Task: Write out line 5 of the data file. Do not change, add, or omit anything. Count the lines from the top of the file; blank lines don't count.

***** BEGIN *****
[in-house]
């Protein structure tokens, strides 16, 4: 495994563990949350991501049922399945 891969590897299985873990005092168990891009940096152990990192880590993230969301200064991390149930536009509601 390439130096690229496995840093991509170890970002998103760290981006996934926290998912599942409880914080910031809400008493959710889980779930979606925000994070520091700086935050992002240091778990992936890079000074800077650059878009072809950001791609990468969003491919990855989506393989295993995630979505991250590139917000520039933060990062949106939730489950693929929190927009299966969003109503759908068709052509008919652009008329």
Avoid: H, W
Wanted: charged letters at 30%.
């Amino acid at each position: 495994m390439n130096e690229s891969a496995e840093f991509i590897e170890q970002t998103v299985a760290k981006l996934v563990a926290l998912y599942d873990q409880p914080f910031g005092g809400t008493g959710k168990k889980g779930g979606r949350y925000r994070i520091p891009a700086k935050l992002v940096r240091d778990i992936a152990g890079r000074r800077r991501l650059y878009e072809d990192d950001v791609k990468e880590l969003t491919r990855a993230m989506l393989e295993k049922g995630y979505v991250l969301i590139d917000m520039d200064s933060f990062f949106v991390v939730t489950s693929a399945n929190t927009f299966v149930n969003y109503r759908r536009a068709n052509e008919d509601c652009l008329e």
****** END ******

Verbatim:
């Amino acid at each position: 495994m390439n130096e690229s891969a496995e840093f991509i590897e170890q970002t998103v299985a760290k981006l996934v563990a926290l998912y599942d873990q409880p914080f910031g005092g809400t008493g959710k168990k889980g779930g979606r949350y925000r994070i520091p891009a700086k935050l992002v940096r240091d778990i992936a152990g890079r000074r800077r991501l650059y878009e072809d990192d950001v791609k990468e880590l969003t491919r990855a993230m989506l393989e295993k049922g995630y979505v991250l969301i590139d917000m520039d200064s933060f990062f949106v991390v939730t489950s693929a399945n929190t927009f299966v149930n969003y109503r759908r536009a068709n052509e008919d509601c652009l008329e």